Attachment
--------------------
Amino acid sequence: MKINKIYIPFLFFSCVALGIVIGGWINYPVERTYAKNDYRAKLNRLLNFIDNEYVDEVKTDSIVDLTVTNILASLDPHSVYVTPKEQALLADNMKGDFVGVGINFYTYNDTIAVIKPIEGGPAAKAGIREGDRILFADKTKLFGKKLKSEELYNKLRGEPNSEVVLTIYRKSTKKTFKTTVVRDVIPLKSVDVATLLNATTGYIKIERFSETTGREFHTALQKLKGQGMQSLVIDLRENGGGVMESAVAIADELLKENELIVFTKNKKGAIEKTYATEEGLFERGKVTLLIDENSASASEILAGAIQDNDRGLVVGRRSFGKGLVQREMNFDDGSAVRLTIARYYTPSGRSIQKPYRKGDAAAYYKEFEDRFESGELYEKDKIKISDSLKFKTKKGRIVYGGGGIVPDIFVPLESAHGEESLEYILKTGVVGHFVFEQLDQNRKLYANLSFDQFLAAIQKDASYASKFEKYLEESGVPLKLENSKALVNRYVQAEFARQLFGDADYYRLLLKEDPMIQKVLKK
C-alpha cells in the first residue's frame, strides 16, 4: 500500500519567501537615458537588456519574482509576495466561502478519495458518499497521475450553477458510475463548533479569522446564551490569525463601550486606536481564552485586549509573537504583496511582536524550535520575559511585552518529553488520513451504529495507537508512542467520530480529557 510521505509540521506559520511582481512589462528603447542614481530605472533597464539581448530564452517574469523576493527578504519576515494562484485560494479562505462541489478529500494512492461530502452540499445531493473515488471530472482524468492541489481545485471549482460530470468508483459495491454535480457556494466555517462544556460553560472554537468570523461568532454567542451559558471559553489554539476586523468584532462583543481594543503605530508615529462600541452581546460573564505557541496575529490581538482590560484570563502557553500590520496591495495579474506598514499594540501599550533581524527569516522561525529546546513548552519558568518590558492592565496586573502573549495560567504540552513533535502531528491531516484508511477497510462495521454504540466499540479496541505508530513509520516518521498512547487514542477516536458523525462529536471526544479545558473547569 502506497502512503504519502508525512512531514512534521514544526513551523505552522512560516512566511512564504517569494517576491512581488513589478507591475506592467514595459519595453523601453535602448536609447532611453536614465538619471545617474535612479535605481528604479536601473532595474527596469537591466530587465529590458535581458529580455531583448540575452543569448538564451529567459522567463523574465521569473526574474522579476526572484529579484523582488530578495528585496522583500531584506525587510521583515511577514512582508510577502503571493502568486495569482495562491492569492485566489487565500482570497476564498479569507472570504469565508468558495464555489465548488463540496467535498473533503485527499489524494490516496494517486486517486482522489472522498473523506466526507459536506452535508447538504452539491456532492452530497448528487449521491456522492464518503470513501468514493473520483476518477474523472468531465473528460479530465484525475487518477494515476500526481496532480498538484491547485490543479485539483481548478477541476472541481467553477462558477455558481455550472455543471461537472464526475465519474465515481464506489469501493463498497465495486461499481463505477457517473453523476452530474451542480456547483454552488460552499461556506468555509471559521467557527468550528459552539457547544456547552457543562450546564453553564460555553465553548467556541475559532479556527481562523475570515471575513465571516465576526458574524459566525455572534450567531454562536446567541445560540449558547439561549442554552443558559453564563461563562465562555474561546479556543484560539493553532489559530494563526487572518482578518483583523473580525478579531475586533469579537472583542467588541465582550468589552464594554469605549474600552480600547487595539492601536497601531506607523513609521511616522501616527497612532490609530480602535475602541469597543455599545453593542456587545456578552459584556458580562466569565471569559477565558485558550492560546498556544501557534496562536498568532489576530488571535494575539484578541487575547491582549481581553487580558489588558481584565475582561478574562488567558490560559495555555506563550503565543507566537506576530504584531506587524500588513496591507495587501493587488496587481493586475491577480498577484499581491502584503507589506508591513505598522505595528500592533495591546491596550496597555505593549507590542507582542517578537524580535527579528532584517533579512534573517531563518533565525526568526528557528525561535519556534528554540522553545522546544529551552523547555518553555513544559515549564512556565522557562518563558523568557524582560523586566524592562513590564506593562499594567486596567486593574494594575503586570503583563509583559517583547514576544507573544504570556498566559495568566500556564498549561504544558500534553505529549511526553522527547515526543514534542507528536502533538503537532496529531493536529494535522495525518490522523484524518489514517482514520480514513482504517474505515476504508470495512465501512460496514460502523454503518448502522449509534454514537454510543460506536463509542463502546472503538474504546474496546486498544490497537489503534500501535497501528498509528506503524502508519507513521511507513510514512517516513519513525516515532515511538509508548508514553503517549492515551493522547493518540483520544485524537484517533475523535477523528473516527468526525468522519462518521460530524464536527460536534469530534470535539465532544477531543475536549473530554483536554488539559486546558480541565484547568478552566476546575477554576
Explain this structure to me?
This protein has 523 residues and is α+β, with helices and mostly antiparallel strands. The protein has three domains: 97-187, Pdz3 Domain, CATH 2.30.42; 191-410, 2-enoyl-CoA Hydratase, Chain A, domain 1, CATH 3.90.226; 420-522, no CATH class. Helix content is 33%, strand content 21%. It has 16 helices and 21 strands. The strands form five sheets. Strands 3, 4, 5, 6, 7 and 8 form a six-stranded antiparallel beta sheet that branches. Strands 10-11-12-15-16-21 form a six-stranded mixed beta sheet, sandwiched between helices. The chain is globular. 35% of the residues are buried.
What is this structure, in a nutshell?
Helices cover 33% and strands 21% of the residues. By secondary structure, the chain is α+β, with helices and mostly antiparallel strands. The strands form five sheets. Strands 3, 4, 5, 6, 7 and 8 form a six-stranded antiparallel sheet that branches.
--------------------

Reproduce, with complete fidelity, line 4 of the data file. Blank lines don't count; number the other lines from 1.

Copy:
This protein has 523 residues and is α+β, with helices and mostly antiparallel strands. The protein has three domains: 97-187, Pdz3 Domain, CATH 2.30.42; 191-410, 2-enoyl-CoA Hydratase, Chain A, domain 1, CATH 3.90.226; 420-522, no CATH class. Helix content is 33%, strand content 21%. It has 16 helices and 21 strands. The strands form five sheets. Strands 3, 4, 5, 6, 7 and 8 form a six-stranded antiparallel beta sheet that branches. Strands 10-11-12-15-16-21 form a six-stranded mixed beta sheet, sandwiched between helices. The chain is globular. 35% of the residues are buried.